Although I haven’t been able to officially update the blog with our whereabouts (San Diego) and what we’ve been up to (celebrating Finley’s 4th birthday and endless boat projects to prepare for our Mexico departure), I wanted to post an update to the book section of our blog for those interested!
The Pleasure of My Company (Steve Martin)
As tempted as I was to hop on my Kindle and download something new and exciting, I did the *yawn* responsible thing and went to my bookshelf in our cabin and made a selection. This book, The Pleasure of My Company, by Steven Martin (yes, the actor) was short and sweet and I’m glad I finally made my acquaintance with his writing. I had owned a copy of his first novel, Shopgirl, on our first boat (Eleni, our Catalina 30) for oh…about 6 years and never read it. (boo!) and I think I came into his second novella by way of our annual girls’ book exchange. What a lovely little read! At 176 pages, it’s completely approachable and regardless of the author’s style of writing, easy to blast through. Lucky for me, Steve Martin is a fun and easy-to-read author.
The novel tells the story of a highly neurotic man and his path to love (albeit upon mostly unknowing subjects). At first blush, I felt like the book might have been a mistake… uh-oh . . . Another book about someone way too neurotic (I had a bit of’PTSD’ after Paint it Black)… but Martin did such a fantastic job providing color and understandability to Daniel’s life, I found myself plodding along at a quick clip.
If you’re up for a very quick and somewhat easy read (not quite like a “beach read” but something more substantive) and would like to be taken on a journey of empathy and understanding of a character living with OCD (and possibly on the spectrum), Martin does a wonderful job with Pleasure of My Company.
The Last Van Gogh (Alyson Richman)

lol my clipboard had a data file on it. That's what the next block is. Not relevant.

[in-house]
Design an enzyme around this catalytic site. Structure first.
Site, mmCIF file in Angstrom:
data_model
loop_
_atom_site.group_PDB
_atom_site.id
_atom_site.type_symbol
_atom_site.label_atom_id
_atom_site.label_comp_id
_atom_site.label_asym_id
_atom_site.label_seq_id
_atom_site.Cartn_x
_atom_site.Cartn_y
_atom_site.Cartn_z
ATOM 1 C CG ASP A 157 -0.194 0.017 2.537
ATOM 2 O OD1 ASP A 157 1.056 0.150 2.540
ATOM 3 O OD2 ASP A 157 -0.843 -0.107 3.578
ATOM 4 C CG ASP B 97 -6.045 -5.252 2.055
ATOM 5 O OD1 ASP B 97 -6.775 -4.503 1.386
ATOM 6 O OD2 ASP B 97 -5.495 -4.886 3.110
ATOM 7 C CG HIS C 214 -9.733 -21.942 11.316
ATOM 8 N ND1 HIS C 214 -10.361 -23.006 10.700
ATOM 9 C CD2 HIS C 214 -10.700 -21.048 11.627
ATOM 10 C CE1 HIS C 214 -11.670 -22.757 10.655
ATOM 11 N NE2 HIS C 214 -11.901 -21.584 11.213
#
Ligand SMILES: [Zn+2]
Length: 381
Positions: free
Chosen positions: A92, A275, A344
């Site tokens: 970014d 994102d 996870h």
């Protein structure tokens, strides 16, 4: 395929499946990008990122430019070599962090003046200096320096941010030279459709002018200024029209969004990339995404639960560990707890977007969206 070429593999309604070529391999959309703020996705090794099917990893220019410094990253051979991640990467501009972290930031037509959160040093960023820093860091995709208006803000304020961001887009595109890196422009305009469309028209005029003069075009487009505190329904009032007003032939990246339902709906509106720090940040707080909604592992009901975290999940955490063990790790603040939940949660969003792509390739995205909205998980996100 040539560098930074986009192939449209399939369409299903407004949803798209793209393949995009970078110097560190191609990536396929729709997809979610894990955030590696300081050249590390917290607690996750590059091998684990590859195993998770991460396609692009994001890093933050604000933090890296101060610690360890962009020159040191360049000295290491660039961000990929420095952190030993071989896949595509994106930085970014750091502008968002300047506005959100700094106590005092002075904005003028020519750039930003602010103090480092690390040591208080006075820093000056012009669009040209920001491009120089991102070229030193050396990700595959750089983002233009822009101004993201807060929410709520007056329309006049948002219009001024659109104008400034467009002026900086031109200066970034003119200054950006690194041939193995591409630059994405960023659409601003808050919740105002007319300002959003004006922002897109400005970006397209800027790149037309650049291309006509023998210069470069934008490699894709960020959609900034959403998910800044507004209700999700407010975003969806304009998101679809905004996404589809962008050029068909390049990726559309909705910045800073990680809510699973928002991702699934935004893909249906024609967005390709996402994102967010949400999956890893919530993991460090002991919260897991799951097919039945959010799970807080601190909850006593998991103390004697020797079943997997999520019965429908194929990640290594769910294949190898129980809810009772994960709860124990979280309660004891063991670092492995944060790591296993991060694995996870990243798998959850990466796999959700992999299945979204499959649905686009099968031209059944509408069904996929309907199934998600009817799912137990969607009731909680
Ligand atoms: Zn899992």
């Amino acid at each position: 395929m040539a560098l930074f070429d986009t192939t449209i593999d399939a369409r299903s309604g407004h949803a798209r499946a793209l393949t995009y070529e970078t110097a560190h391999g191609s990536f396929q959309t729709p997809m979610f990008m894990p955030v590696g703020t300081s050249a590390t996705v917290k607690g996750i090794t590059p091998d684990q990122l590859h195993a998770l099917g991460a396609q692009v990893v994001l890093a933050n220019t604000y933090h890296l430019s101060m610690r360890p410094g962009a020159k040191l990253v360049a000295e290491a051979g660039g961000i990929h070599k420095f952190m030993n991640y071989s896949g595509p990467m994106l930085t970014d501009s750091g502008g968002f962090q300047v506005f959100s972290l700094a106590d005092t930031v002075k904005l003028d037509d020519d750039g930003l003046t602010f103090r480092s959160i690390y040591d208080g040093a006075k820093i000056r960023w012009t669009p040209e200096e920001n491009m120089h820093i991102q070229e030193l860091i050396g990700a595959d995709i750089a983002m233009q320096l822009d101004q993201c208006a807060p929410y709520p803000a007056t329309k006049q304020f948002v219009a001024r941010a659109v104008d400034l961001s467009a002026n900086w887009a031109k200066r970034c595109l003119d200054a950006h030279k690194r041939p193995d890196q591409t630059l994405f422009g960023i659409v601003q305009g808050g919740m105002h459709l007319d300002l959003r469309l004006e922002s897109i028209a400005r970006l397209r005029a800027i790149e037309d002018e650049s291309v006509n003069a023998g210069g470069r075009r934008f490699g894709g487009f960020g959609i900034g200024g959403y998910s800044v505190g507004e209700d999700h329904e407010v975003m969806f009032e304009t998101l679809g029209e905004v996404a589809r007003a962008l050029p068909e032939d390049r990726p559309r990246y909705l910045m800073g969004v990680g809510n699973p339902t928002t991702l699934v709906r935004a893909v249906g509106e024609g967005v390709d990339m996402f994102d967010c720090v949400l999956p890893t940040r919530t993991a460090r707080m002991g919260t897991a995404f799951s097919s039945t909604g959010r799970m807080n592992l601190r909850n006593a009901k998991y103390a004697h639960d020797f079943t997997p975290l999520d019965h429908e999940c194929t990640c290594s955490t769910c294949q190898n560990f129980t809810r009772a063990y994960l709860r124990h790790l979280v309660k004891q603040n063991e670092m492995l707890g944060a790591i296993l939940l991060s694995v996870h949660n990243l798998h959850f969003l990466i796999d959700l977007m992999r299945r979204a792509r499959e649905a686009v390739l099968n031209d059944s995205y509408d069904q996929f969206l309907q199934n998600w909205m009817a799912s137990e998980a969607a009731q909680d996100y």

After completing Martin’s novel in a couple days, I gave myself ‘permission’ to go online and download something– especially exciting given that this author was recommended to me by a good friend whose reading recommendations I trust. This was my first encounter with Alyson Richman’s style of historical fiction, and as I recall, my first historical fiction outside the realm of ancient times. (think Ken Follett and Phillippa Gregory). I must say, I was pleasantly surprised. Richman’s style was much more ‘fiction’ than ‘history’ as an initial read and it was not until the Author’s Note at the end did I realize how much fact she had cleverly woven into the story.
The book focuses on Vincent Van Gogh’s final muse, Marguerite Gachet, the oldest daughter of Dr. Gachet, who he had come under the care of later in his short life upon his brother’s recommendations. The story takes place almost entirely in Auvers-sur-Oise, a small French village Dr. Gachet relocates his family to (from Paris) under the auspices of his wife’s medical condition (the reader learns more about that later). Marguerite comes to Van Gogh’s acquaintance when he moves to Auvers for treatment by her father and ends up inspiring Van Gogh to complete 3 portraits of her. (Interesting factoid, Van Gogh completed 77 paintings in as many days–the last days of his life spent in Auvers, which I learned in the Author’s Note at the end, fascinating!).
As one would imagine, this is a love story of sorts, but even if one is only remotely aware of Van Gogh’s life, it’s not hard to foresee that their love story does not have the fairytale ending. Nonetheless, Richman writes so effortlessly in weaving in the historical facts that I quite literally forgot it was true until I got to the end where she allows Marguerite to (almost) address the reader directly saying “As one knows of Van Gogh’s life…” I was jolted back to reality and tried to jog my own memory as to what happened to him at the end of his life.
All told, I thoroughly enjoyed The Last Van Gogh and although I felt sad for Marguerite at the end, any other portrayal of her life would have been (1) likely false and (2) too perfect.
I’m looking forward to picking up another Alyson Richman book and thank my good friend SFK for the recommendation!
Jack 1939 (Francine Matthews)